Lament isn’t a word we hear used often. Other related words are more common: grief, mourning, sorrow, sadness. Human beings all experience profound sadness or loss that cause us to cry out in anguish. Entire communities also lament. Much of the Old Testament was written during a time of forced exile and we find many examples of laments in the Bible, such as when Jesus lamented the death of his friend Lazarus and the state of his people.
Jewish and Christian faith connect lament and hope. Through studying this practice, participants will learn how the laments in the Old Testament express raw emotion, but also confidence that God is listening and will eventually set things right. For Christians, Jesus’ death was not permanent. God raised him from the dead, showing that the forces of life ultimately prevail. While much of American culture does not encourage lament, there can be healing in lament. Having recognized its value, our faith ancestors developed and utilized the ritual of lament both in public worship and personal prayers. This unit focuses on four practices in the ritual of lament, including name wounds, weep and wail, remember the crucified one, and dance between lament and hope.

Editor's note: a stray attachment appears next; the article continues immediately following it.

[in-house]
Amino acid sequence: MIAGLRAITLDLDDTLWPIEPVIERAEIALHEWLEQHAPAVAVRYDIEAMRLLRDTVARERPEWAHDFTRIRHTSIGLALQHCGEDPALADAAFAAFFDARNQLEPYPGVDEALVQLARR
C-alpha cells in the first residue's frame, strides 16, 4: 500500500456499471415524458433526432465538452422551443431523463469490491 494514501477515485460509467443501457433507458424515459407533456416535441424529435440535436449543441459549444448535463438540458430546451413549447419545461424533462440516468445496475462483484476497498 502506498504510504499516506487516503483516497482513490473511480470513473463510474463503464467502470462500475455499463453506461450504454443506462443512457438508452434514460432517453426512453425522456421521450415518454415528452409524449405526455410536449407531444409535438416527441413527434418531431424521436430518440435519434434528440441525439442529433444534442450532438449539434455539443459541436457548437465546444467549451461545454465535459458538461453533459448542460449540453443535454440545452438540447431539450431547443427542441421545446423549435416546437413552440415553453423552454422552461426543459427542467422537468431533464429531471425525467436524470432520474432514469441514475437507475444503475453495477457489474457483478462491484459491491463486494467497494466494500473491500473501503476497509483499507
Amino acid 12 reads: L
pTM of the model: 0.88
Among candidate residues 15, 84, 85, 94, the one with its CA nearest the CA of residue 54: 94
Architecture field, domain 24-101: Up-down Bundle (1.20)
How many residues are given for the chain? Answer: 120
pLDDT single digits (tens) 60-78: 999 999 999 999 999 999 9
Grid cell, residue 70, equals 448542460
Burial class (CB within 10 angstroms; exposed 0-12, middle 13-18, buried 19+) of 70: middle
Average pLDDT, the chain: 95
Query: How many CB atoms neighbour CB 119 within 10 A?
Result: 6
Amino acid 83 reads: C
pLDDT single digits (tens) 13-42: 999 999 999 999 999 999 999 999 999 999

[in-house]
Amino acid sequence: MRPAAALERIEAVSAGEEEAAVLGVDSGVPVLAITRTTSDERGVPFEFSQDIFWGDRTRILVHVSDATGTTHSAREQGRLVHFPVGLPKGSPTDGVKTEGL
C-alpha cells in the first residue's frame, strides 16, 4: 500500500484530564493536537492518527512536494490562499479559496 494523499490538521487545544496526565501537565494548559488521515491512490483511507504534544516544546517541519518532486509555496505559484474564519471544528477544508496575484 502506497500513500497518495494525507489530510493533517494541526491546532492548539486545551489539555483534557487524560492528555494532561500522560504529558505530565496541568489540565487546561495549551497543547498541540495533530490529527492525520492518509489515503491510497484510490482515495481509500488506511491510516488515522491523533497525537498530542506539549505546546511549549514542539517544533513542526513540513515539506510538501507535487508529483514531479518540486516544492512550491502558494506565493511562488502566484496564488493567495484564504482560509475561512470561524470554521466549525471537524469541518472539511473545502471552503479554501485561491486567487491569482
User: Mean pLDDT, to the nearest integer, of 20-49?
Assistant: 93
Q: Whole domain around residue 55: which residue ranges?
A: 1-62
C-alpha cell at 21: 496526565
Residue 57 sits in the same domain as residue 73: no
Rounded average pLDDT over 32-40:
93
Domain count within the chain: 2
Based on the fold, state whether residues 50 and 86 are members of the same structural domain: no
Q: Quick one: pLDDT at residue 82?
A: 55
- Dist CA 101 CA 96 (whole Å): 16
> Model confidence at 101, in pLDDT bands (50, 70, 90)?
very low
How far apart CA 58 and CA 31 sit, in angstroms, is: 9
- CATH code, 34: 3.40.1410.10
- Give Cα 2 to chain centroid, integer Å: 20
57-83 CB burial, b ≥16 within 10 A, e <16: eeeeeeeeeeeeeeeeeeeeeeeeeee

Adult Leader's Guide
This leader’s guide uses the Adult Reflection Guide to lead a small group study on the practice. This guide contains a summary of the practice and the four (or six) sessions, background information on the Bible study for the session, and any preparation the leader may need to do ahead of the session. There are different options of activities and discussions to choose from throughout the session. Participants are asked to read through the Adult Reflection Guide, if possible, before each session. There are other great resources for adults in the Congregational Guide.
Featured in the Adult Leader’s Guide:
- Name Wounds (Psalm 137:1–6; Lamentations 3:43–48)
- Weep and Wail (Luke 23:26–31)
- Remember the Crucified One (1 Corinthians 11:23–25)
- Dance Between Lament and Hope (Lamentations 5:19–22)
In addition to the material in the Adult Leader’s Guide and the Adult Reflection Guide, there are also free videos that leaders can use as conversation starters for the unit and each session. Visit our YouTube Channel, bit.ly/FMYouTubeGFR, to see the playlist for this unit.
Follow Me: Biblical Practices for Faithful Living is a thirty-six-unit curriculum based on practices Jesus did and taught us to do as faithful followers. Written for people of all ages who wish to live out their faith, this new curriculum examines where these practices are found in the Bible and how they have been used in Christian faith then and now.
To learn more about the curriculum and view a sample of each component, visit our Follow Me webpage or watch the Follow Me trailer on our YouTube channel.